There were a couple of blog posts yesterday interviewing experts in the field of email. Also yesterday I had a quick review of my Google Analytic stats for this site. Additionally, a friend pointed me to this terrible blog post from an ESP that isn’t even using terms in industry standard ways. And finally, Spamhaus released a statement about a “fake DNSBL.”
You see, as I was looking at my Google Analytic stats, I came across an old post of mine from last year. The (unstated) point of that post was to make us think about who we’re listing as experts in email matters.
The link in that post was to an article written by someone who claimed expertise in “Web Analytics” about email. The information in the article was both silly (Was anyone shocked that email isn’t picked up by search engines?) and demonstrably wrong (“Transactional e-mail does not have CAN-SPAM requirements”).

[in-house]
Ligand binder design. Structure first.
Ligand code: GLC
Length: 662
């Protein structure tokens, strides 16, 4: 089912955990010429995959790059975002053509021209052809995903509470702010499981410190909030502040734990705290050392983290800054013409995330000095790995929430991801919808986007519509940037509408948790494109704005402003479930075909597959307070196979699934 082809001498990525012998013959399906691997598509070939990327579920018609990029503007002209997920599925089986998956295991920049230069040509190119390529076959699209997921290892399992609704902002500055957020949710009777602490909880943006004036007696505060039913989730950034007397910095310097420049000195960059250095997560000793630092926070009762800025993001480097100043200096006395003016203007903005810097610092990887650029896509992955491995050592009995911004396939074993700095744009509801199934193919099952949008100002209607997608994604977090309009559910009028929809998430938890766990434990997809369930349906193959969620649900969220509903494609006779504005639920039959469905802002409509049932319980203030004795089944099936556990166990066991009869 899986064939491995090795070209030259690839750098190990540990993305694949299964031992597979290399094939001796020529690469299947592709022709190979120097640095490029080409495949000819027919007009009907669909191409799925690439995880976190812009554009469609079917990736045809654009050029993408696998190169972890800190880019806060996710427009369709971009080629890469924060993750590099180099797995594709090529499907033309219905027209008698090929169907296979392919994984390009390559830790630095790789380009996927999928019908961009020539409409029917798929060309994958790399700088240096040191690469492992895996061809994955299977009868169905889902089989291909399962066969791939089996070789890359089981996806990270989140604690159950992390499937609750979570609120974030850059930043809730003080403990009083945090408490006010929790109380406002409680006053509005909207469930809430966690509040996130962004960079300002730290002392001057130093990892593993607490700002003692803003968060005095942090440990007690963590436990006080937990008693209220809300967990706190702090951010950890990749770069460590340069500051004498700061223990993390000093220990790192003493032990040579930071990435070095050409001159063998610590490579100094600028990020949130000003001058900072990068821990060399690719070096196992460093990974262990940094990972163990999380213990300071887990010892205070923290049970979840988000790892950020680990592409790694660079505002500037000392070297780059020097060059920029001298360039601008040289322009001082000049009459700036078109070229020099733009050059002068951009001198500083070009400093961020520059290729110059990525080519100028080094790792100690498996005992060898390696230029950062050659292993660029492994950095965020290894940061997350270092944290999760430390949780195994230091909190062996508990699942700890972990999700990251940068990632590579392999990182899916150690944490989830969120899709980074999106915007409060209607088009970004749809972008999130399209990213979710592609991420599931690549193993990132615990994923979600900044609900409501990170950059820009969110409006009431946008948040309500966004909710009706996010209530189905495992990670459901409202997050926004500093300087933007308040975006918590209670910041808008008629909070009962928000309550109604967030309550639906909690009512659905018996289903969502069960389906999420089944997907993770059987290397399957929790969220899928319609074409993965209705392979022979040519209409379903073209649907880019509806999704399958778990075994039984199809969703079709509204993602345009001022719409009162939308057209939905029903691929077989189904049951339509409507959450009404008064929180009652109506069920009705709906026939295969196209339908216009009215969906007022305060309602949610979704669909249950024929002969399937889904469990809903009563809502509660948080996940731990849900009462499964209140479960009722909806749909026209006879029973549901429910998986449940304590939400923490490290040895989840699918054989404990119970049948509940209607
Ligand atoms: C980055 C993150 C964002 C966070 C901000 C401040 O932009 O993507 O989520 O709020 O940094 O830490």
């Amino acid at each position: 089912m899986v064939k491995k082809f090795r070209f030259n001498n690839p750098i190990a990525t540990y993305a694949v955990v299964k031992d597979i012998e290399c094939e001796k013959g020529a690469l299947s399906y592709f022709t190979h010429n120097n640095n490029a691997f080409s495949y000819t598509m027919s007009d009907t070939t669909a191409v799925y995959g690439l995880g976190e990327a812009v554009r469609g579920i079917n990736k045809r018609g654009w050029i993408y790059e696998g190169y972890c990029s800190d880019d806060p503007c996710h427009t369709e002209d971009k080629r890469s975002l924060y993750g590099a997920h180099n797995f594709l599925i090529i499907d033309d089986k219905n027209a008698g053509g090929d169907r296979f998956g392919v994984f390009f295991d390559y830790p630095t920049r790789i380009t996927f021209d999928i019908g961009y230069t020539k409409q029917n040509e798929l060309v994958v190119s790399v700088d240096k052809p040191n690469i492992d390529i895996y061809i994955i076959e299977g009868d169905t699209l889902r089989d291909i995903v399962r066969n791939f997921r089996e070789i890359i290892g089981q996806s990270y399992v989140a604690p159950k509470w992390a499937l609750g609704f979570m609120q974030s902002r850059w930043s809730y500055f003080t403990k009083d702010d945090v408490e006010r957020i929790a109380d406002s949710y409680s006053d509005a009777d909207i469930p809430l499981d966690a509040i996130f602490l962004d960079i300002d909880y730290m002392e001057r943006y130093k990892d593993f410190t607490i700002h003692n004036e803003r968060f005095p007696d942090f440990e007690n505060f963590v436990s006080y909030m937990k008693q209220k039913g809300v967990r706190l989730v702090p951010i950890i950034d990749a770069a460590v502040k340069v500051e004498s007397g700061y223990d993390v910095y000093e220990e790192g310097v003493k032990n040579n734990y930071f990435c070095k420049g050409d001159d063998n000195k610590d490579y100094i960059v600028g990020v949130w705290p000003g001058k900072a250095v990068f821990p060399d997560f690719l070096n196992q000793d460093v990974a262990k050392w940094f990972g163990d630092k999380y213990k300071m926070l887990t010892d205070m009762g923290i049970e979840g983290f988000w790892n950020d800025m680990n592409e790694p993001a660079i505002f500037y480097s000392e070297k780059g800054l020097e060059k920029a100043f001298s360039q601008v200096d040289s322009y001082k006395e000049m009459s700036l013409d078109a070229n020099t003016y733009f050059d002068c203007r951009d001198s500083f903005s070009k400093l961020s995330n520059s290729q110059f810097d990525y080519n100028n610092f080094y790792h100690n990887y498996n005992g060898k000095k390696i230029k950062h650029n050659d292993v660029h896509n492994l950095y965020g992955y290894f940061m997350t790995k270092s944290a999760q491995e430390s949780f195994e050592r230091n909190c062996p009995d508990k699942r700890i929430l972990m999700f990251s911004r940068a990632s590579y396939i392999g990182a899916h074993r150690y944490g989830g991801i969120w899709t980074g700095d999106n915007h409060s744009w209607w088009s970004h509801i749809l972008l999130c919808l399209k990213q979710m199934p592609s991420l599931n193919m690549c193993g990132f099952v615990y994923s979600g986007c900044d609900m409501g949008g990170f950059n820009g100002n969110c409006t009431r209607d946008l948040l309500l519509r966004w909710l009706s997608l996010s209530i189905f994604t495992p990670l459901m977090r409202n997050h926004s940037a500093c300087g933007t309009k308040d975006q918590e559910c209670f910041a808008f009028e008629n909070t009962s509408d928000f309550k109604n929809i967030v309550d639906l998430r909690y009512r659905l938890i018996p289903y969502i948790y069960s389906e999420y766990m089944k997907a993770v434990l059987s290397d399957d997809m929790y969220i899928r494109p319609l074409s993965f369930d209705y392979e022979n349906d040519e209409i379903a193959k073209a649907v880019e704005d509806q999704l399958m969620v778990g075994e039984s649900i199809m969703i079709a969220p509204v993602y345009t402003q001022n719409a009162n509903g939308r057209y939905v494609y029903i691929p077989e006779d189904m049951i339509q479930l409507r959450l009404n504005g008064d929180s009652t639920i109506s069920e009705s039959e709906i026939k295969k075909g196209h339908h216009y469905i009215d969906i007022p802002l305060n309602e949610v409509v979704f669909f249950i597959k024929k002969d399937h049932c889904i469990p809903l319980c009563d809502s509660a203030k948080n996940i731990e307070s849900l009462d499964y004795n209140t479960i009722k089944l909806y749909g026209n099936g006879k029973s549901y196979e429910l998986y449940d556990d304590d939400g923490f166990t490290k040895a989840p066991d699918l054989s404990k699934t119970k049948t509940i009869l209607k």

There was a similar post the next day after about other “experts” who are wrong. You might think that state attorneys general would know about the statutes that they are expected to enforce. But, if you do think that, then you’re going to find yourself sadly disillusioned.
And, of course, people depend upon operators of blocking lists to be experts in their field. As Spamhaus points out, some folks just rip off the work of others and pass themselves off as experts while hoping to make a quick buck through delisting fees.
So, yesterday, we saw articles interviewing two experts in email delivery. Both Al Iverson and Annalivia Ford deserve the title of “expert” and people should listen to them. So, to me that brings up a question: Which experts are we listening to?
Are we listening to real experts? Or, are we making decisions about email based upon the advice of web analytic experts and poorly informed attorneys or ESPs who don’t know where the industry is or where it’s going?
So, dear readers, which experts are you listening to? Who influences your decision-making? Let’s hear from you in the comments.